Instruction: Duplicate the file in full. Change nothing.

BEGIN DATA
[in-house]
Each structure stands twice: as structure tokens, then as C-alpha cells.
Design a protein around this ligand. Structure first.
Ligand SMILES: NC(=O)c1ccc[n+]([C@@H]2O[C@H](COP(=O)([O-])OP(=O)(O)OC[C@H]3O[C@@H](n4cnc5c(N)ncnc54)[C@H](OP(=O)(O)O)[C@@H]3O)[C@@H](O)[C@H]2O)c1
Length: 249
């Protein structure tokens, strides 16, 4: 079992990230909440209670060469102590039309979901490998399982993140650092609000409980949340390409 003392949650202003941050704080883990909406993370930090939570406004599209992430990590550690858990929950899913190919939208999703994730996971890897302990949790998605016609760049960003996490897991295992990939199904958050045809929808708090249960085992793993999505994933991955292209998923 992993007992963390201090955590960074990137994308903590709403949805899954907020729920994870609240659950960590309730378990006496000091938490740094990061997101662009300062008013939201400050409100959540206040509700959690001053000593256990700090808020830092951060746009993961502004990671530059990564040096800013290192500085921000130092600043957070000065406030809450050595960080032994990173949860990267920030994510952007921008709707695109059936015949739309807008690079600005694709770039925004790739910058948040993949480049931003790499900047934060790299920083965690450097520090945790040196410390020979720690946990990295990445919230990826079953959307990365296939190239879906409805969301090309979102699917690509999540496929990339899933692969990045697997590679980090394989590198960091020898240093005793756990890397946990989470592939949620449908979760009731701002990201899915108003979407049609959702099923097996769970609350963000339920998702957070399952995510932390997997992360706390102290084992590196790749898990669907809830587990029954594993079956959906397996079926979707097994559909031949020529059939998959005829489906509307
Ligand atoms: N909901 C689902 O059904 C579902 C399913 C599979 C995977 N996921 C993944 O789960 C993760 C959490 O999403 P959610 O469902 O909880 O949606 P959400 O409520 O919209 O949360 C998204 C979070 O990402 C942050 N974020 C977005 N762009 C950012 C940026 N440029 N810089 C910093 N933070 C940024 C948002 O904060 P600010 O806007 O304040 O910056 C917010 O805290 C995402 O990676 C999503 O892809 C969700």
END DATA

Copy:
[in-house]
Each structure stands twice: as structure tokens, then as C-alpha cells.
Design a protein around this ligand. Structure first.
Ligand SMILES: NC(=O)c1ccc[n+]([C@@H]2O[C@H](COP(=O)([O-])OP(=O)(O)OC[C@H]3O[C@@H](n4cnc5c(N)ncnc54)[C@H](OP(=O)(O)O)[C@@H]3O)[C@@H](O)[C@H]2O)c1
Length: 249
């Protein structure tokens, strides 16, 4: 079992990230909440209670060469102590039309979901490998399982993140650092609000409980949340390409 003392949650202003941050704080883990909406993370930090939570406004599209992430990590550690858990929950899913190919939208999703994730996971890897302990949790998605016609760049960003996490897991295992990939199904958050045809929808708090249960085992793993999505994933991955292209998923 992993007992963390201090955590960074990137994308903590709403949805899954907020729920994870609240659950960590309730378990006496000091938490740094990061997101662009300062008013939201400050409100959540206040509700959690001053000593256990700090808020830092951060746009993961502004990671530059990564040096800013290192500085921000130092600043957070000065406030809450050595960080032994990173949860990267920030994510952007921008709707695109059936015949739309807008690079600005694709770039925004790739910058948040993949480049931003790499900047934060790299920083965690450097520090945790040196410390020979720690946990990295990445919230990826079953959307990365296939190239879906409805969301090309979102699917690509999540496929990339899933692969990045697997590679980090394989590198960091020898240093005793756990890397946990989470592939949620449908979760009731701002990201899915108003979407049609959702099923097996769970609350963000339920998702957070399952995510932390997997992360706390102290084992590196790749898990669907809830587990029954594993079956959906397996079926979707097994559909031949020529059939998959005829489906509307
Ligand atoms: N909901 C689902 O059904 C579902 C399913 C599979 C995977 N996921 C993944 O789960 C993760 C959490 O999403 P959610 O469902 O909880 O949606 P959400 O409520 O919209 O949360 C998204 C979070 O990402 C942050 N974020 C977005 N762009 C950012 C940026 N440029 N810089 C910093 N933070 C940024 C948002 O904060 P600010 O806007 O304040 O910056 C917010 O805290 C995402 O990676 C999503 O892809 C969700």